The Inn and Tavern combo will be a clearing house of information, and while some of the rumors may just be rumors, some might lead to adventure.

Rumors/adventure hooks: The town drunk claims to have seen a dragon flying over the northern woods. Some farmers are having troubles with giant bugs in their crops.

The owners decide to auction off abandoned items that have been left at the inn. To get an idea where your dragon might be from, you can make up it's lair, and of course its name with my Dragon Name Generator

General Store & Trading Post

The next likely place for the adventurers to spend time and money is the general store and trading post. The general store is a two-story building.

There is a small sales room inside the front door from the market square where some basic household items can be found on display. A counter at the back of the sales room is where purchases are made and where special orders can be placed.

The small room on the far side of the counter has a door leading into the large warehouse where goods are stored. Most of the ground floor of the warehouse is open with the exception of three very secure offices along the back wall.

There are even a large pair of very secure barn-style doors facing the main road for easier loading and unloading of carts and wagons.

The stairs to the upstairs area are centrally located and the upstairs is a series of halls with locking storage rooms off of them. These are where harder to get and more valuable items are kept, and where storage can be rented by travelers, merchants, and adventurers for reasonable rates.

Creative Process - Shops

For trading posts the environment might be very different from the superstores we see today: a smaller display room where some common (and generally cheap quality and/or inexpensive) items can be displayed and a counter with a larger storage area behind it.

Unlike a shopping superstore there are only a few employees at a trading post and no loss prevention experts. Most everything of value will be displayed out of reach or be kept securely in the storage room to be brought out by another employee when asked for.

No weapons, shields, or suits of armor will be where they can be easily grabbed by shoppers and either stolen or used to attack the staff.

This leads to another difference between modern life and medieval life, even in a fantasy RPG.

With usually only one person and at most three or possibly four people actually engaged in helping customers there’s going to be more of an effort put onto keeping many things well out of reach.

Players should also know that they get something only after they have paid for it in full. There are no test drives of horses or wagons, no practice with new swords or shots with bows. Buy it, take it, then test it somewhere else altogether.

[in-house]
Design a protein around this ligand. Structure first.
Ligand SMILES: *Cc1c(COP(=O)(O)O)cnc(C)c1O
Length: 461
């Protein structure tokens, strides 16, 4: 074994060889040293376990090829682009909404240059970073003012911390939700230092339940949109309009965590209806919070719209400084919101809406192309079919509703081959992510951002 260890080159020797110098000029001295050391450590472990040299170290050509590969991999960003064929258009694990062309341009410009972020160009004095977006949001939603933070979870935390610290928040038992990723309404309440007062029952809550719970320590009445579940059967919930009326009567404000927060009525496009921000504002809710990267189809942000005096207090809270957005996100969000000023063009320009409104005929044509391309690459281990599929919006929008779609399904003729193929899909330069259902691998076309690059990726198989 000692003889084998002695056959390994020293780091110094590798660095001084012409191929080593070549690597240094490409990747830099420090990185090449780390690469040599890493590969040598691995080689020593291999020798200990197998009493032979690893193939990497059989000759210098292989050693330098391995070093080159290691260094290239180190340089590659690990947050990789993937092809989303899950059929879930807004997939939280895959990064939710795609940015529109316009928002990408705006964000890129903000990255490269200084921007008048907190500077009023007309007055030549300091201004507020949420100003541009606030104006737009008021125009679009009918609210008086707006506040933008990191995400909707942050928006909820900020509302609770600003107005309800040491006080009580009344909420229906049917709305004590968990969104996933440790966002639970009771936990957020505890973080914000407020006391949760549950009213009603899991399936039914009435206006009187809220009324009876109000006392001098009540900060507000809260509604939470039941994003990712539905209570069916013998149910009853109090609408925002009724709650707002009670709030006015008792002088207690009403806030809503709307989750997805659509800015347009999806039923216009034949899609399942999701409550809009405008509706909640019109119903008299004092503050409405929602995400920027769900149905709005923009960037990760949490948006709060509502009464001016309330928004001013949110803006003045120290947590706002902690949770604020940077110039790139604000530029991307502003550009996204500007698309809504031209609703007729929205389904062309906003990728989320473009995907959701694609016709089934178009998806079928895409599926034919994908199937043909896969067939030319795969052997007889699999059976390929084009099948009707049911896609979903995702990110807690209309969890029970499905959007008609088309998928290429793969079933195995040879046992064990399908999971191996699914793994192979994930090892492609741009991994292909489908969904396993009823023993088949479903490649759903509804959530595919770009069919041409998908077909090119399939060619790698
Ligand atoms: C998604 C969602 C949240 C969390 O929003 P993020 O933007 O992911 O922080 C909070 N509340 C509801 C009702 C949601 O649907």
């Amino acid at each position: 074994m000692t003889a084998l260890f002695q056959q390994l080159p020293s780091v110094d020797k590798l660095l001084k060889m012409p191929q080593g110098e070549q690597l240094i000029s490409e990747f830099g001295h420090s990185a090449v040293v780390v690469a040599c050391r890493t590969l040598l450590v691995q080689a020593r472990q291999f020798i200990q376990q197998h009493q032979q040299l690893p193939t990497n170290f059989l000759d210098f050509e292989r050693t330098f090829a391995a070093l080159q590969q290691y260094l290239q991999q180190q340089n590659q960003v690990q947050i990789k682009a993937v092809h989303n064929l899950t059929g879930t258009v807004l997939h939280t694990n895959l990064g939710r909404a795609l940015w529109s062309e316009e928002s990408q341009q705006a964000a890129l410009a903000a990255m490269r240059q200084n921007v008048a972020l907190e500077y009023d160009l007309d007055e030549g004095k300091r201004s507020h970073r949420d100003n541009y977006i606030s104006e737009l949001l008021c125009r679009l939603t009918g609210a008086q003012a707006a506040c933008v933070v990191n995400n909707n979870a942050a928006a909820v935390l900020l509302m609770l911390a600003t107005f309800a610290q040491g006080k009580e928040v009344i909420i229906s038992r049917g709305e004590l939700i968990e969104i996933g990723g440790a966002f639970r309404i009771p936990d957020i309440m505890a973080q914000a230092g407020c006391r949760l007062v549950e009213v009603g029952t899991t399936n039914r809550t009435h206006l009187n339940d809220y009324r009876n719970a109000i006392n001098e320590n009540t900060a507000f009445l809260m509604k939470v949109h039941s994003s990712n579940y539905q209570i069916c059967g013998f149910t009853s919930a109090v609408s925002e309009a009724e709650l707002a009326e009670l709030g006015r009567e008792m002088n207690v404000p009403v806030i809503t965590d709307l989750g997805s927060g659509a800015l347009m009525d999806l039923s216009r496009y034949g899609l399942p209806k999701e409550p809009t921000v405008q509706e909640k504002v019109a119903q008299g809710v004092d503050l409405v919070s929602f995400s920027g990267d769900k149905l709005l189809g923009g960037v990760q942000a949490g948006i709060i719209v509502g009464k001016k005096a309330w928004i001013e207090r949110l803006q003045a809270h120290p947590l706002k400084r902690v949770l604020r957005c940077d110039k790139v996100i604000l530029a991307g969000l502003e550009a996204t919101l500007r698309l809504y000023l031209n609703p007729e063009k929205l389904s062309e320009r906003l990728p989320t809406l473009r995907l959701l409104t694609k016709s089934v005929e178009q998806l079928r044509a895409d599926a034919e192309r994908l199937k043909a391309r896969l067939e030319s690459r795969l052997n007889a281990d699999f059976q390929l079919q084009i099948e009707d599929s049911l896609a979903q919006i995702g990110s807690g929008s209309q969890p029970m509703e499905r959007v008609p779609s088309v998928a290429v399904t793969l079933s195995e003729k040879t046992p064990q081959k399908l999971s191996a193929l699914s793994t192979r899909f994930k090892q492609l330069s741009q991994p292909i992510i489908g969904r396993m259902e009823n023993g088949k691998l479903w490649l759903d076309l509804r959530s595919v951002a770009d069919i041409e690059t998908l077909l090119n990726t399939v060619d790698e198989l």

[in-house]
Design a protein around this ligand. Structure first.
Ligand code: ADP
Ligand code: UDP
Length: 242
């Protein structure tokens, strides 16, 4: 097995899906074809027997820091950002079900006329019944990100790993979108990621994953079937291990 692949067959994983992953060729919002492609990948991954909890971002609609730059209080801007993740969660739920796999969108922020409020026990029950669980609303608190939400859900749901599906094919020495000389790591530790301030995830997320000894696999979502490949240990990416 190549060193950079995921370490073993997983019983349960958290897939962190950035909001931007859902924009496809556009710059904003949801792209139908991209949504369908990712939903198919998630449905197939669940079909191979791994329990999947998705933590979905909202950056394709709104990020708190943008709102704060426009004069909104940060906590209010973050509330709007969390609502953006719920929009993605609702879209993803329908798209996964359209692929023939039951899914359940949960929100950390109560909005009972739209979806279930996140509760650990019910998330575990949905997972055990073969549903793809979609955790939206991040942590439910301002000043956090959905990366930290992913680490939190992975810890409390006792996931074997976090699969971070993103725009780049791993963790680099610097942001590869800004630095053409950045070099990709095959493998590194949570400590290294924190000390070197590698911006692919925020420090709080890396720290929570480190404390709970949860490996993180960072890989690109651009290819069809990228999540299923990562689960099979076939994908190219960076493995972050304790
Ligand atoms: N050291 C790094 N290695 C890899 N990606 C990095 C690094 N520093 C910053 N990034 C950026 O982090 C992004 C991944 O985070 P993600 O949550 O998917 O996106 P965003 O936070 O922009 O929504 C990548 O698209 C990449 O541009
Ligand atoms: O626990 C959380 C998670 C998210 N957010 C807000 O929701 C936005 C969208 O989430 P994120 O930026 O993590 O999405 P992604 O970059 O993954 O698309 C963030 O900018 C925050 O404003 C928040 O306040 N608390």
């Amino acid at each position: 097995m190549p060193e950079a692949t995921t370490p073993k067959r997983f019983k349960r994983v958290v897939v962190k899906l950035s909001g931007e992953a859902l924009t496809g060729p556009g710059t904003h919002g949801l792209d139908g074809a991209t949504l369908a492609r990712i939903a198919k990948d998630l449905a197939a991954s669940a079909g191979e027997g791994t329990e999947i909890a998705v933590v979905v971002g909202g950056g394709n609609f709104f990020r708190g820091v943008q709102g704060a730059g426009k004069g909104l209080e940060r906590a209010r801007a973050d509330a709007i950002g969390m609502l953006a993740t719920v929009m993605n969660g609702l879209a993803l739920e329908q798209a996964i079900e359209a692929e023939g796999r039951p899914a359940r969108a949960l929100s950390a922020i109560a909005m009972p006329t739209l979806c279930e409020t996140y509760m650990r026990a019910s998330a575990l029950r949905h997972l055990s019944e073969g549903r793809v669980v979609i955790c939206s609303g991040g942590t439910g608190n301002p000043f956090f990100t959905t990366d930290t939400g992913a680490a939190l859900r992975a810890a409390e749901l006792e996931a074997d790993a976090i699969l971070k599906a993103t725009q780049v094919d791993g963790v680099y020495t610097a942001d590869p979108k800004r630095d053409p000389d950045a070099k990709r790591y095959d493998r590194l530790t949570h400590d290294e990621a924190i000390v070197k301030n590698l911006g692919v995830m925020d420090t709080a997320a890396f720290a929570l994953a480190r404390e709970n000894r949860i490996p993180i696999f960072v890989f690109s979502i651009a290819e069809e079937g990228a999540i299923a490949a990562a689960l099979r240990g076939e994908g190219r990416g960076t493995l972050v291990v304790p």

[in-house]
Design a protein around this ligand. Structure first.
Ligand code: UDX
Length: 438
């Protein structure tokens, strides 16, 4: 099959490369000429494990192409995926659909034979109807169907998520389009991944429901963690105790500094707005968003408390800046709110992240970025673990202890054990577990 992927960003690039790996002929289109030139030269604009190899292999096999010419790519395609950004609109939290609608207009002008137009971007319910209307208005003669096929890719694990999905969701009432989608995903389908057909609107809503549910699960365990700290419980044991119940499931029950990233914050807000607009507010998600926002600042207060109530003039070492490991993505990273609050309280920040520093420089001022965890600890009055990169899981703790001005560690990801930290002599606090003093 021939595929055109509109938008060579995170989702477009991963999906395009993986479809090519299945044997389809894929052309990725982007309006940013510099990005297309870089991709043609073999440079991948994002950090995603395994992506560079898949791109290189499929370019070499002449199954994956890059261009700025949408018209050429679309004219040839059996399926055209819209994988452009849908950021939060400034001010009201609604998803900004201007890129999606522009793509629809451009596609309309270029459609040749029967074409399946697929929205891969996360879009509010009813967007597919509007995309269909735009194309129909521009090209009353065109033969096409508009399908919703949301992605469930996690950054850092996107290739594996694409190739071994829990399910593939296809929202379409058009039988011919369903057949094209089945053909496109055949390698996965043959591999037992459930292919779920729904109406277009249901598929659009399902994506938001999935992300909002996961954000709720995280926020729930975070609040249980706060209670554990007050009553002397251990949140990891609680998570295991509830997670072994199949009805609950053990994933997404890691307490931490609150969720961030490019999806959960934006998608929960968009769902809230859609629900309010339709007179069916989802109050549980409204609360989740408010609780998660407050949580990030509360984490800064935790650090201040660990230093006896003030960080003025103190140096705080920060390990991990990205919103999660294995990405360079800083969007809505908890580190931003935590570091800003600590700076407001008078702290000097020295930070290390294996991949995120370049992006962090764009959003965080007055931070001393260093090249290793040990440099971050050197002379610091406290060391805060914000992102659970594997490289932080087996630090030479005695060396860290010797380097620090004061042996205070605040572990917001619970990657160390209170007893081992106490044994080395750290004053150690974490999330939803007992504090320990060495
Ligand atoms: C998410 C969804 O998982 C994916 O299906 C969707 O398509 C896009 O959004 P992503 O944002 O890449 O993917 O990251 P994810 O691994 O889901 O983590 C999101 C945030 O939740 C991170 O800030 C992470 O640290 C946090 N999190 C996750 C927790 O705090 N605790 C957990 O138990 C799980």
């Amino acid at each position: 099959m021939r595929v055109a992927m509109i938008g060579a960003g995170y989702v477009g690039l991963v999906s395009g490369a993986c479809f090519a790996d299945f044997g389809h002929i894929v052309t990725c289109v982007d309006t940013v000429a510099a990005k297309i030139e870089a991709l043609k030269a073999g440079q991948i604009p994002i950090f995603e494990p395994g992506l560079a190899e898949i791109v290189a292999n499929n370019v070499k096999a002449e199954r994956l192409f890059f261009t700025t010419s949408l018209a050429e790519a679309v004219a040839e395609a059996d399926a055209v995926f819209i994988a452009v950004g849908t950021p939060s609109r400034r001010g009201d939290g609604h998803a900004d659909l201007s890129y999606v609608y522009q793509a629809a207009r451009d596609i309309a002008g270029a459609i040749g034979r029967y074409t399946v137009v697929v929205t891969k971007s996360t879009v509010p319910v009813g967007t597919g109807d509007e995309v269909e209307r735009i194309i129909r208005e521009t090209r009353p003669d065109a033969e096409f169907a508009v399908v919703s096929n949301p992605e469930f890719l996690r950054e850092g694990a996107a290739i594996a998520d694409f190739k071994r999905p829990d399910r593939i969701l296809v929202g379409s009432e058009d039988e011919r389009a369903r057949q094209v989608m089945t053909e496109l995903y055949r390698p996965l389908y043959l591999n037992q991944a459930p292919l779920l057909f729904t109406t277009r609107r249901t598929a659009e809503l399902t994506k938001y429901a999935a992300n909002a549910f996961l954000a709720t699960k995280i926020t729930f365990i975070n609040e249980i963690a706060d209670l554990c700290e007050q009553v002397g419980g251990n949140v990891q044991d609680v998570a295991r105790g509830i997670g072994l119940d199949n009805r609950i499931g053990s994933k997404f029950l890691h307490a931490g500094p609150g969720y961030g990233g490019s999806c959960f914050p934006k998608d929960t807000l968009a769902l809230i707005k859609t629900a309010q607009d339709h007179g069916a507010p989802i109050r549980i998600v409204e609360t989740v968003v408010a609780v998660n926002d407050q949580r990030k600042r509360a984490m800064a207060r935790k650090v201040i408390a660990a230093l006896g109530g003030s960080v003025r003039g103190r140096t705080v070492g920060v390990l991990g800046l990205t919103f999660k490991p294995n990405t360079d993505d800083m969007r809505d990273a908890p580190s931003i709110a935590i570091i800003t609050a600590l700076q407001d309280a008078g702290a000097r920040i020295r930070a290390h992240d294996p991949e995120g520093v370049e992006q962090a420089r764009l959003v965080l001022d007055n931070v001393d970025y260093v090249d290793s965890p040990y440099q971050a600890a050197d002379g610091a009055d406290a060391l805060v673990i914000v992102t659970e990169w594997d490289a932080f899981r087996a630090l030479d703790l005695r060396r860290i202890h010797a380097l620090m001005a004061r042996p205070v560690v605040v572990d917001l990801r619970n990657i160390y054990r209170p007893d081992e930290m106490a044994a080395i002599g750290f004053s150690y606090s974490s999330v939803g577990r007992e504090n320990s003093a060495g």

Especially in a place where ‘thief’ is an approved and available lifelong career, the seller makes sure that they get their money, every time. Even to the point that a charmed merchant will get a new saving throw with a much easier success chance if they are being asked to give discounts or to let someone ‘borrow’ some equipment.

Survival is driven by sales and there is zero insurance for the merchant who loses their stock.

Since the general store mainly deals in basic merchandise that is needed in town they will not have much of interest for adventurers beyond basic equipment, plus some good quality arrows and spears made by the blacksmith and the woodworker together. However, there is a chance that some standard non-magical equipment of value to adventurers may be in stock.

The chances for one of any item are equal to 50% minus 1% for every gold piece the item costs on the equipment list, with a minimum of 5% chance. Each additional item of that type is 10% less likely to be in stock, and the first failure means no more rolls are made. Thus a long sword (15 g.p. sale value in 1st edition AD&D) would have a 35% chance for one to be available, a 25% chance for two, a 15% chance for three, and so on. If an item has only a 5% chance to be in stock, there will not be any more of that item available.

A standard rule can be that every two weeks or so the chances reset due to trades with merchants and or other adventurers. But due to the scarcity of these items anything with a % chance to be found will cost at least double the list price in the book! The store will also buy or trade for many items from adventurers, though they will value the item at half its standard list price.

The shop has been owned by the Emersyn family for generations. Wilhemine Emersyn is the ruling matriarch of the family. Though her children now have grandchildren she is still a sharp businesswoman and despot.